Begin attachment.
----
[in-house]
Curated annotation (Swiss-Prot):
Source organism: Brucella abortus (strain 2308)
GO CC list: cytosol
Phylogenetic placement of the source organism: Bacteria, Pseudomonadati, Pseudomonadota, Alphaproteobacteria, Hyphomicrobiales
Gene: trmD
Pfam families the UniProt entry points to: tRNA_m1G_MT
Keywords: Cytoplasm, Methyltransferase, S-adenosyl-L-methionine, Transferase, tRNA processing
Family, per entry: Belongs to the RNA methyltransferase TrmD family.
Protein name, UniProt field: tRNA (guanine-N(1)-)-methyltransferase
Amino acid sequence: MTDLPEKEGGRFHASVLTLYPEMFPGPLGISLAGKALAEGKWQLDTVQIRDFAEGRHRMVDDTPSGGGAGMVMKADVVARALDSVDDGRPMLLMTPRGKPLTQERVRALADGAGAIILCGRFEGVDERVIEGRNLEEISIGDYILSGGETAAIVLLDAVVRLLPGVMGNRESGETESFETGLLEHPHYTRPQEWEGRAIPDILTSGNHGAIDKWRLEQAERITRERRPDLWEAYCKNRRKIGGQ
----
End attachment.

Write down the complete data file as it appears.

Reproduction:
[in-house]
Curated annotation (Swiss-Prot):
Source organism: Brucella abortus (strain 2308)
GO CC list: cytosol
Phylogenetic placement of the source organism: Bacteria, Pseudomonadati, Pseudomonadota, Alphaproteobacteria, Hyphomicrobiales
Gene: trmD
Pfam families the UniProt entry points to: tRNA_m1G_MT
Keywords: Cytoplasm, Methyltransferase, S-adenosyl-L-methionine, Transferase, tRNA processing
Family, per entry: Belongs to the RNA methyltransferase TrmD family.
Protein name, UniProt field: tRNA (guanine-N(1)-)-methyltransferase
Amino acid sequence: MTDLPEKEGGRFHASVLTLYPEMFPGPLGISLAGKALAEGKWQLDTVQIRDFAEGRHRMVDDTPSGGGAGMVMKADVVARALDSVDDGRPMLLMTPRGKPLTQERVRALADGAGAIILCGRFEGVDERVIEGRNLEEISIGDYILSGGETAAIVLLDAVVRLLPGVMGNRESGETESFETGLLEHPHYTRPQEWEGRAIPDILTSGNHGAIDKWRLEQAERITRERRPDLWEAYCKNRRKIGGQ